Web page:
If you’re in the process of completing college applications, there’s a good chance that at least one of your schools requires you to submit a diversity essay. If you’re not sure of what I mean by the term “diversity essay” or what a prompt like this might look like, consider the following examples.
First, we have the University of Michigan. This application cycle, U of M requires all applicants to respond to this prompt:
Everyone belongs to many different communities and/or groups defined by (among other things) shared geography, religion, ethnicity, income, cuisine, interest, race, ideology, or intellectual heritage. Choose one of the communities to which you belong, and describe that community and your place within it.
This is a diversity essay prompt because it asks the student to reflect on one or more of their identities and the larger communities that identity makes them a part of.
This next prompt from University of Colorado Boulder uses similar language:
At the University of Colorado Boulder, no two Buffs are alike. We value difference and support equity and inclusion of all students and their many intersecting identities. Pick one of your unique identities and describe its significance.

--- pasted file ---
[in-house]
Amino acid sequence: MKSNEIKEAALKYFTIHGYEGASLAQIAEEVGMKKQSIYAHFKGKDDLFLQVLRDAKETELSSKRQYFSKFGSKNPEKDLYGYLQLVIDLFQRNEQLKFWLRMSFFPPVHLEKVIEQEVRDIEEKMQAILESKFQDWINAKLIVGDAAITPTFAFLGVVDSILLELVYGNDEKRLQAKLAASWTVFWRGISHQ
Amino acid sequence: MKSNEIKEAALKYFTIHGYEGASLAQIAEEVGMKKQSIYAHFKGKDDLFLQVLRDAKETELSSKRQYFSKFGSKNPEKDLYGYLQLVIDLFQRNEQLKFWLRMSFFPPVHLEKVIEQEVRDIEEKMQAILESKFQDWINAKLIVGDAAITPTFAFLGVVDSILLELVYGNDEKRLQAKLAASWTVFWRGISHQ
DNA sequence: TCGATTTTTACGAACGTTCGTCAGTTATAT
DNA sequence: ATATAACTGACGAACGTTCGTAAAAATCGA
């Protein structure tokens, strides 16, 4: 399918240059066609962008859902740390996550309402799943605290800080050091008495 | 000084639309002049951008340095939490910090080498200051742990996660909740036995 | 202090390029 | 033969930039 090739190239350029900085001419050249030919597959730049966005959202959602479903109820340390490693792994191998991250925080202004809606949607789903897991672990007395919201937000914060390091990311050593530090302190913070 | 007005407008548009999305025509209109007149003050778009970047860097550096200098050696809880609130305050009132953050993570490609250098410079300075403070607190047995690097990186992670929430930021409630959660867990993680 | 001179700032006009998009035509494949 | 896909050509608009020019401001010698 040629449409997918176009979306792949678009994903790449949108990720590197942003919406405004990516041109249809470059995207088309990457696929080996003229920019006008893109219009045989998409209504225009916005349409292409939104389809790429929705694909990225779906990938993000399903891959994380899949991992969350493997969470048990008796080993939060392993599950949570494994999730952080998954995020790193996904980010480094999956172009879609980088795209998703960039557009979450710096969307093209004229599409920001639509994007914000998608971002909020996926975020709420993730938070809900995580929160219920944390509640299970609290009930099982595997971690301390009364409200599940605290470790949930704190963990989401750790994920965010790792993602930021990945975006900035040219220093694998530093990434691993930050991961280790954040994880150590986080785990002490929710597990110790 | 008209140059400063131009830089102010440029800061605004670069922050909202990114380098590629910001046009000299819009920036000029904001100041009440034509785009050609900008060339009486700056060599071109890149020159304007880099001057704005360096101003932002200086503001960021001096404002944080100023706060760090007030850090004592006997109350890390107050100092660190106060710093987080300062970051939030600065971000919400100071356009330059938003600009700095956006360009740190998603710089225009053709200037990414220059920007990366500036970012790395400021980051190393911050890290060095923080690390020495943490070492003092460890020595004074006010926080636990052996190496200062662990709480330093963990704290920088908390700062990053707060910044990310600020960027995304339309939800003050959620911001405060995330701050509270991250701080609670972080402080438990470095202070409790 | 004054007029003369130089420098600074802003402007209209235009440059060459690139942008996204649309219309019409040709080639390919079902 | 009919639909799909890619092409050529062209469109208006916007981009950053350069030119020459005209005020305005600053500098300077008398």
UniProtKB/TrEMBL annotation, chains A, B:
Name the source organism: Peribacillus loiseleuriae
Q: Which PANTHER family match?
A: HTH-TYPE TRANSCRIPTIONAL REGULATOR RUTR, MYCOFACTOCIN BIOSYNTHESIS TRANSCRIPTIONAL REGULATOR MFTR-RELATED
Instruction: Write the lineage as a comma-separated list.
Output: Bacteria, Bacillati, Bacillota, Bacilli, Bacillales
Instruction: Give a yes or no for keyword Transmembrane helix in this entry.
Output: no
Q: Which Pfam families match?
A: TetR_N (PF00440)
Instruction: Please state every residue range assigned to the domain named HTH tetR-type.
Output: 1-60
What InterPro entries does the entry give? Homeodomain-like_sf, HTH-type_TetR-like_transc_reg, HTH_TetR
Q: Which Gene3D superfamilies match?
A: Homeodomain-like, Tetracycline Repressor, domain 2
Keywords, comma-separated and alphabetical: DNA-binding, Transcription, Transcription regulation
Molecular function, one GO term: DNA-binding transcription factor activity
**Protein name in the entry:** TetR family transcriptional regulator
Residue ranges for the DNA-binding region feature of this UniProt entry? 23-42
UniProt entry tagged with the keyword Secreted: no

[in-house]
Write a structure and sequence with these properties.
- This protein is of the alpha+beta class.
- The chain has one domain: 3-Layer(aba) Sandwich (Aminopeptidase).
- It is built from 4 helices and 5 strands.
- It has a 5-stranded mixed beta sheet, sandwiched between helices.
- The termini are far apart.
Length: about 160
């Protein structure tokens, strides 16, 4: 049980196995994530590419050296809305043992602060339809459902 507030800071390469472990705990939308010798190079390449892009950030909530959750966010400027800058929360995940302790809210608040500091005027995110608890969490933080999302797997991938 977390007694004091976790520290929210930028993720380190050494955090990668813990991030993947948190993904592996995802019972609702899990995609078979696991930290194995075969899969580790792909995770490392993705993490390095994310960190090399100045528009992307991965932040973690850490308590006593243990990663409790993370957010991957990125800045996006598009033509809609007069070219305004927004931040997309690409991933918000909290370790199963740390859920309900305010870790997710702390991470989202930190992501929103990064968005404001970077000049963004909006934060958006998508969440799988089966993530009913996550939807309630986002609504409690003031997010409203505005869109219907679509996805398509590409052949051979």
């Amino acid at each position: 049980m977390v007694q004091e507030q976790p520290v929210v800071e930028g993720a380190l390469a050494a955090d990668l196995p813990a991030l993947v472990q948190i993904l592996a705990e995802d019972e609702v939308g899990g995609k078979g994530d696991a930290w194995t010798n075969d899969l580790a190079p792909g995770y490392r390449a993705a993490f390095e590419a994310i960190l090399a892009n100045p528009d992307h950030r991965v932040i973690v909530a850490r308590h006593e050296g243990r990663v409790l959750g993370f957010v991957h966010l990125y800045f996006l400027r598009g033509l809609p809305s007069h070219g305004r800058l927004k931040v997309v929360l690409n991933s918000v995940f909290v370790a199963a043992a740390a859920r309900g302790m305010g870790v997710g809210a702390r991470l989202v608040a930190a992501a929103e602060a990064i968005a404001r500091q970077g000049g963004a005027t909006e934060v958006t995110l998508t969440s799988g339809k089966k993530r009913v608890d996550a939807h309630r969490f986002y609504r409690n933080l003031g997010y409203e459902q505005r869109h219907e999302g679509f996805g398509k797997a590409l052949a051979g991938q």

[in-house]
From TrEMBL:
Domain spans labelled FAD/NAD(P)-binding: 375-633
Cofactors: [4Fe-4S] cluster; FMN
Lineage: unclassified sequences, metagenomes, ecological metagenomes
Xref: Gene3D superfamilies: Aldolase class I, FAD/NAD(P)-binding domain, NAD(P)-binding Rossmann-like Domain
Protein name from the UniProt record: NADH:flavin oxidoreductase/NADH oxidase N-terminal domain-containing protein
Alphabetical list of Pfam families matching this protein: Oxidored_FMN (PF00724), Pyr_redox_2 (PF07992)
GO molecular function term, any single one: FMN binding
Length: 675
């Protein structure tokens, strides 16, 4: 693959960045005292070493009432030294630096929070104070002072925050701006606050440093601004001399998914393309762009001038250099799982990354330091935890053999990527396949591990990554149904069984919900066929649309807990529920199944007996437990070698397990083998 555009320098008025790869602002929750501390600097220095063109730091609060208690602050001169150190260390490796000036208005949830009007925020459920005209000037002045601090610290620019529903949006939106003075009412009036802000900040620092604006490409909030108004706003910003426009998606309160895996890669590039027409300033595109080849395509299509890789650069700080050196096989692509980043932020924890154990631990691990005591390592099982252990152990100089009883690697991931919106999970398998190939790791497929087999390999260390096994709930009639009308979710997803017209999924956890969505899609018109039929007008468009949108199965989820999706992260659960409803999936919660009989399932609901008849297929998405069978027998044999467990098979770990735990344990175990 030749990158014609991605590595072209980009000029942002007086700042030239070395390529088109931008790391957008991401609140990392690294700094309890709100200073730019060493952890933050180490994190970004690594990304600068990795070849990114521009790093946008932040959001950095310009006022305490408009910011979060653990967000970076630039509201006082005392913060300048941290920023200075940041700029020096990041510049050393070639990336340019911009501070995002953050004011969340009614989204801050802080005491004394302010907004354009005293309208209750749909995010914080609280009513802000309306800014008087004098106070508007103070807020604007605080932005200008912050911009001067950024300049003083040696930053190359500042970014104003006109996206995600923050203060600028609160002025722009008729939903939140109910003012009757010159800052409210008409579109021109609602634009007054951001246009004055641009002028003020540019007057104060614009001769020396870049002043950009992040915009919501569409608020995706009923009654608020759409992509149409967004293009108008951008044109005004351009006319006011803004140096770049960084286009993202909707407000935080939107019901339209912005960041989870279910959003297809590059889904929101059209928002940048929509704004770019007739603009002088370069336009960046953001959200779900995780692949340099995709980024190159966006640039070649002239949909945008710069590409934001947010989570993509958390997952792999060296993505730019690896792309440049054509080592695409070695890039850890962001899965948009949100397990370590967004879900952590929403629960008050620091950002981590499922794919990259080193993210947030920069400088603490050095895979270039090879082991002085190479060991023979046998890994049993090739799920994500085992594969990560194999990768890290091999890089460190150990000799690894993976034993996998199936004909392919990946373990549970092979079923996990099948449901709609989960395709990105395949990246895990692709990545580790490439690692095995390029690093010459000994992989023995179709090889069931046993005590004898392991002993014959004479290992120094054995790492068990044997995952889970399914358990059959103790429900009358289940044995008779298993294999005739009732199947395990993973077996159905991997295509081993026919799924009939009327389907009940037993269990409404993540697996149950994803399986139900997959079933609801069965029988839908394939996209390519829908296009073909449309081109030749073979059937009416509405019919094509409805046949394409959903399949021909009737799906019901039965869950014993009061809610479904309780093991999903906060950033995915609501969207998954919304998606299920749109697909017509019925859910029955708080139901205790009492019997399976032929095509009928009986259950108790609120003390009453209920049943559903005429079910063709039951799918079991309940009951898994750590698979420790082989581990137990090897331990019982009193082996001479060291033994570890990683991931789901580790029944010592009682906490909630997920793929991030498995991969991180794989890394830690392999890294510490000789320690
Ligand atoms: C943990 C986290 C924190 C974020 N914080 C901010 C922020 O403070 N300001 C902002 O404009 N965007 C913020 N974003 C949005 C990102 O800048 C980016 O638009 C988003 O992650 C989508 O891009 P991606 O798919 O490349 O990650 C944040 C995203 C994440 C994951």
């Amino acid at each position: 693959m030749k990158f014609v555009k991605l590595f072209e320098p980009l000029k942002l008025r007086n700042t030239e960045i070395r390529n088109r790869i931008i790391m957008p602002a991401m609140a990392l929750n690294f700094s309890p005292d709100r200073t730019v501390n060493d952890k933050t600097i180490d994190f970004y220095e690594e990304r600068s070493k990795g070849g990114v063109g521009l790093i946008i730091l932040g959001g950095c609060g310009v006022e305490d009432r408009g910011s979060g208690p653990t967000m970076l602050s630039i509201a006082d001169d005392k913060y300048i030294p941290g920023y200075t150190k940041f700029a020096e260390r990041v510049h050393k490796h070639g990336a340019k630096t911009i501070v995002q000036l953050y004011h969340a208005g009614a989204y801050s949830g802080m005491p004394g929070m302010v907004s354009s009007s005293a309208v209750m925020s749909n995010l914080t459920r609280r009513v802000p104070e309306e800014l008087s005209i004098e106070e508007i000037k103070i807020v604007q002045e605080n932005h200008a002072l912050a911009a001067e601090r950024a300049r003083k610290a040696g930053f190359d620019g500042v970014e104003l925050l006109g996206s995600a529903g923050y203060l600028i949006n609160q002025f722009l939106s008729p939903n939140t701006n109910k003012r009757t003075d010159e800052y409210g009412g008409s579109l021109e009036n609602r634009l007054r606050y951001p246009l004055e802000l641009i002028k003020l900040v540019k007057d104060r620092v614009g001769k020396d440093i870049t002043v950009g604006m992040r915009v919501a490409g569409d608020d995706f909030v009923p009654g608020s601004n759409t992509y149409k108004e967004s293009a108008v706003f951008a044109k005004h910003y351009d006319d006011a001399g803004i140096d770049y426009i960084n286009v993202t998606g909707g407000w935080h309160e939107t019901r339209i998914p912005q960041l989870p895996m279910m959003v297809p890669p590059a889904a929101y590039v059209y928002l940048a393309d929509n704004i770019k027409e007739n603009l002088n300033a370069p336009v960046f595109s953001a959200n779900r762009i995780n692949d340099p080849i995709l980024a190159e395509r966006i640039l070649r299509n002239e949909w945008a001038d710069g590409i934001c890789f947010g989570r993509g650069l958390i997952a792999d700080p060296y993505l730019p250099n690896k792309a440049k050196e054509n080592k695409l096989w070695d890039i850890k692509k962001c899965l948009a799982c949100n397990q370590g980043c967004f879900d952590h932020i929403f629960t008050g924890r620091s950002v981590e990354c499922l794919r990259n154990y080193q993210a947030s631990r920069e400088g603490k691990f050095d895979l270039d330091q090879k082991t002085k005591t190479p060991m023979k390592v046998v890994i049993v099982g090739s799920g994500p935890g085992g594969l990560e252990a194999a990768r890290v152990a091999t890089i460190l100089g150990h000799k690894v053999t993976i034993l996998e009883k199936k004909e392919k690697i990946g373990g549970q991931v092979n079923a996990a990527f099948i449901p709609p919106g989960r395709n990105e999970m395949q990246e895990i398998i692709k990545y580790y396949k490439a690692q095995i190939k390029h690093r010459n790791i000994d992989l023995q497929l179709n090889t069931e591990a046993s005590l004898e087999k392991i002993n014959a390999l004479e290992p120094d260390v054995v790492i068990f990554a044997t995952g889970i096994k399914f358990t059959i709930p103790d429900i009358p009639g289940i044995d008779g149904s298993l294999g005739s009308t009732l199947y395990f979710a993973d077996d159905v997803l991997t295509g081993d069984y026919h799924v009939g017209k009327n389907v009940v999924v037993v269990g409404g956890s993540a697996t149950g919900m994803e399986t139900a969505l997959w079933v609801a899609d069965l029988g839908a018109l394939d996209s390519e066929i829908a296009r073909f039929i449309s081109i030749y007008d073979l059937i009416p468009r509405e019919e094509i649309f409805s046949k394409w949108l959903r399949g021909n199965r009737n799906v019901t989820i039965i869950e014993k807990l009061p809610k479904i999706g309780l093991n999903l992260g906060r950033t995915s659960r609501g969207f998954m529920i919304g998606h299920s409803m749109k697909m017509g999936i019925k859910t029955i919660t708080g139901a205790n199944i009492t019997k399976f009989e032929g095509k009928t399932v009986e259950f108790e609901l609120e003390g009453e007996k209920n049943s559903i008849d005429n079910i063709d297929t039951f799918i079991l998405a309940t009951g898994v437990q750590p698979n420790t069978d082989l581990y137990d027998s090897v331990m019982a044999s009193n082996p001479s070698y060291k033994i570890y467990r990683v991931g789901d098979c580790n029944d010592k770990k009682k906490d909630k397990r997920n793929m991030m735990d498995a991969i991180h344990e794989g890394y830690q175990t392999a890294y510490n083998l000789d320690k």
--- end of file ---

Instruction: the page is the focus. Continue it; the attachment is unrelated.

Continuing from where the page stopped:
Check out this last one from the University of Washington:
Our families and communities often define us and our individual worlds. Community might refer to your cultural group, extended family, religious group, neighborhood or school, sports team or club, co-workers, etc. Describe the world you come from and how you, as a product of it, might add to the diversity of the UW.
You can see how similar this prompt sounds to the first two. However, UW adds an extra element; instead of just describing their identity/ies and background, the student is asked how these things might contribute to a culture of diversity at UW.
When I completed my college applications 10,000 years (JK, more like almost a decade) ago, I don’t remember there being the same degree of focus on diversity and inclusion as there is today. The proliferation of prompts like the ones above shows that American universities - many of which were once elite institutions that only accepted a narrow range of scholars - are beginning to lean into the importance of inclusivity and respect - even celebration! - of students from diverse backgrounds. This shift can only be a good thing, especially for members of marginalized communities, some of whom are being included in the college conversation for the very first time.